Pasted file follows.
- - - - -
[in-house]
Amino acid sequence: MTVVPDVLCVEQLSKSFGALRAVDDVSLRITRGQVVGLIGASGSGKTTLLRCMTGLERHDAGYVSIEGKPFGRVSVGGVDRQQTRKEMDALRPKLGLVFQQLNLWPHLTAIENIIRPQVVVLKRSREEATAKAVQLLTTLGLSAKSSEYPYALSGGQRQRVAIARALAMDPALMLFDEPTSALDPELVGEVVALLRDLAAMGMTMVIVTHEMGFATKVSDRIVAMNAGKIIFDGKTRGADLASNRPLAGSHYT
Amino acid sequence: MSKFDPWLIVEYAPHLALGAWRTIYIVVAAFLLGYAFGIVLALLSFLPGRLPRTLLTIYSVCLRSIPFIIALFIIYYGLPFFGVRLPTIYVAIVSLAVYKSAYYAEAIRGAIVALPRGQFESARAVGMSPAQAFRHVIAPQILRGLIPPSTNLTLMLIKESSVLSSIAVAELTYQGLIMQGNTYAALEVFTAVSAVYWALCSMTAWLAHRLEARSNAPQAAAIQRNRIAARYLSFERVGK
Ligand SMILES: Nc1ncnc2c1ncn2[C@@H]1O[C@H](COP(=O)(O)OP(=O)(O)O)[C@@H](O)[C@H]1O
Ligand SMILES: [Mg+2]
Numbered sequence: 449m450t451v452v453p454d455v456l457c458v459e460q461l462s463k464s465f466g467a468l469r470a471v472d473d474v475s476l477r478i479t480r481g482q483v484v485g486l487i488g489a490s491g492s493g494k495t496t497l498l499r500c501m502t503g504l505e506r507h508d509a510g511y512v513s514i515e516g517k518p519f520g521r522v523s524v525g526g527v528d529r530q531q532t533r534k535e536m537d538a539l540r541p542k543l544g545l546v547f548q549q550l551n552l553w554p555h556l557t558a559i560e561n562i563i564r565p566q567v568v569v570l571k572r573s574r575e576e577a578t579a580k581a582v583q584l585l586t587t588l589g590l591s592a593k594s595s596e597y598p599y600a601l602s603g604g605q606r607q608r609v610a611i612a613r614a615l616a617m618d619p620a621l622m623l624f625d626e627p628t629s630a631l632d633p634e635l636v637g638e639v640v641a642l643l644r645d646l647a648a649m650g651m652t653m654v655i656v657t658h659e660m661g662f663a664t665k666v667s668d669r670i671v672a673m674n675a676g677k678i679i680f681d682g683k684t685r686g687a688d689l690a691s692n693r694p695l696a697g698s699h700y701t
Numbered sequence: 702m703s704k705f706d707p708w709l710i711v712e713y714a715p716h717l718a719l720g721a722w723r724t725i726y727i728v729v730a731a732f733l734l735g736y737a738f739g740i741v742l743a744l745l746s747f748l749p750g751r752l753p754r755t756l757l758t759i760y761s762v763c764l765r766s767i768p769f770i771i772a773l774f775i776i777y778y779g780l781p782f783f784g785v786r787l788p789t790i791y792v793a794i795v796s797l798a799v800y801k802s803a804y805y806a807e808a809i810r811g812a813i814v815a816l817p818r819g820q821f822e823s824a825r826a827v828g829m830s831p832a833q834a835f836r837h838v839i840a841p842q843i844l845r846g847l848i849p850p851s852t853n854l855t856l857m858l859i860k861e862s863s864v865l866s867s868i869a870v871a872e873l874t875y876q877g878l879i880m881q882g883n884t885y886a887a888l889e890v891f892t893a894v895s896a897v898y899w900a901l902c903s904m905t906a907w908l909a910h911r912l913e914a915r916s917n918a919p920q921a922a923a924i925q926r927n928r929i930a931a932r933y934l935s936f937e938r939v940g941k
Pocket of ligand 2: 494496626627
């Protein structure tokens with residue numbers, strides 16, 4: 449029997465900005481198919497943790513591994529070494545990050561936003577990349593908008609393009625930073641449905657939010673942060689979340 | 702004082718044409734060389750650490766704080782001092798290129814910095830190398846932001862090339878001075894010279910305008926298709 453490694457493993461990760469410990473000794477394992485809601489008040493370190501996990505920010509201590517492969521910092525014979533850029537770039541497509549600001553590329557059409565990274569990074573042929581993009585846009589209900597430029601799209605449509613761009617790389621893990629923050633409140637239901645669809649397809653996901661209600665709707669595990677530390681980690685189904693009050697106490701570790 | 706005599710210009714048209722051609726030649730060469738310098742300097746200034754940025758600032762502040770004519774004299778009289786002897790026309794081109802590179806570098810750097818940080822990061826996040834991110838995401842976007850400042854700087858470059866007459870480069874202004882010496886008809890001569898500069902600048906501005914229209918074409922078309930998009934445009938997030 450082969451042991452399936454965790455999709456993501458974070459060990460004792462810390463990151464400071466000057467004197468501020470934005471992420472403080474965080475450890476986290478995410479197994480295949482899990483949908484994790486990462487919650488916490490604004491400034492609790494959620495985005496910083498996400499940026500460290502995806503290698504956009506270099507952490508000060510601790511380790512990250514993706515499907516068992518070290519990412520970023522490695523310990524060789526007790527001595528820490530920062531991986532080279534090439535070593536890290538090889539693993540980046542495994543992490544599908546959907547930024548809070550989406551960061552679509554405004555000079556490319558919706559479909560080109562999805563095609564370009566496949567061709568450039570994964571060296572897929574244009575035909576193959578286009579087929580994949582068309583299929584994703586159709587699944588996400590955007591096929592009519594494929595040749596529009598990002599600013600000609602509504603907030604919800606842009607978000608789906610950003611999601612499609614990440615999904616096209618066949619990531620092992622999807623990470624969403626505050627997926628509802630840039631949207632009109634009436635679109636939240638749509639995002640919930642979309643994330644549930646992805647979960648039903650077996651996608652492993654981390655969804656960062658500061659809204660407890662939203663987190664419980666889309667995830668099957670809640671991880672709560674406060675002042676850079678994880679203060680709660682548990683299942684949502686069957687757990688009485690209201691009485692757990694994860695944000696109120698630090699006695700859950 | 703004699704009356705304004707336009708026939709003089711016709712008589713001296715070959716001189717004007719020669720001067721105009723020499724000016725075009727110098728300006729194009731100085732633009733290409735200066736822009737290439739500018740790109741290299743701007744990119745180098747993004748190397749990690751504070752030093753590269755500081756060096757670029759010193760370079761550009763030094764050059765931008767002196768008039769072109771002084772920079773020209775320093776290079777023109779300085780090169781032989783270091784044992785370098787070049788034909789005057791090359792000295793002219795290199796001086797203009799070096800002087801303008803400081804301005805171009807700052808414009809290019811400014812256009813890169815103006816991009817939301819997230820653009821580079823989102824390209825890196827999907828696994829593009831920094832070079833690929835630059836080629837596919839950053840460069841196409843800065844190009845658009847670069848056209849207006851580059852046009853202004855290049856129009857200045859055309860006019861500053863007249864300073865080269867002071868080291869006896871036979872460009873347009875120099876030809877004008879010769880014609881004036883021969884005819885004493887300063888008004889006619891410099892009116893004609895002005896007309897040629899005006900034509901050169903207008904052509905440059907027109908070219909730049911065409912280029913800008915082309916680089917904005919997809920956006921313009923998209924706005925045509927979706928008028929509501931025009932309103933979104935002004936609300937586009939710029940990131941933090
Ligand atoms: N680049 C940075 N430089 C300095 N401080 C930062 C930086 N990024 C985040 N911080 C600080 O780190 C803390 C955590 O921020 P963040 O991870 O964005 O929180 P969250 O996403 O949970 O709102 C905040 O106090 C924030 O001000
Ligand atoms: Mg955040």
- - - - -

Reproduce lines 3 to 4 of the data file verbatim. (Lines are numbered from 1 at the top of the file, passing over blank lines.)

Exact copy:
Amino acid sequence: MSKFDPWLIVEYAPHLALGAWRTIYIVVAAFLLGYAFGIVLALLSFLPGRLPRTLLTIYSVCLRSIPFIIALFIIYYGLPFFGVRLPTIYVAIVSLAVYKSAYYAEAIRGAIVALPRGQFESARAVGMSPAQAFRHVIAPQILRGLIPPSTNLTLMLIKESSVLSSIAVAELTYQGLIMQGNTYAALEVFTAVSAVYWALCSMTAWLAHRLEARSNAPQAAAIQRNRIAARYLSFERVGK
Ligand SMILES: Nc1ncnc2c1ncn2[C@@H]1O[C@H](COP(=O)(O)OP(=O)(O)O)[C@@H](O)[C@H]1O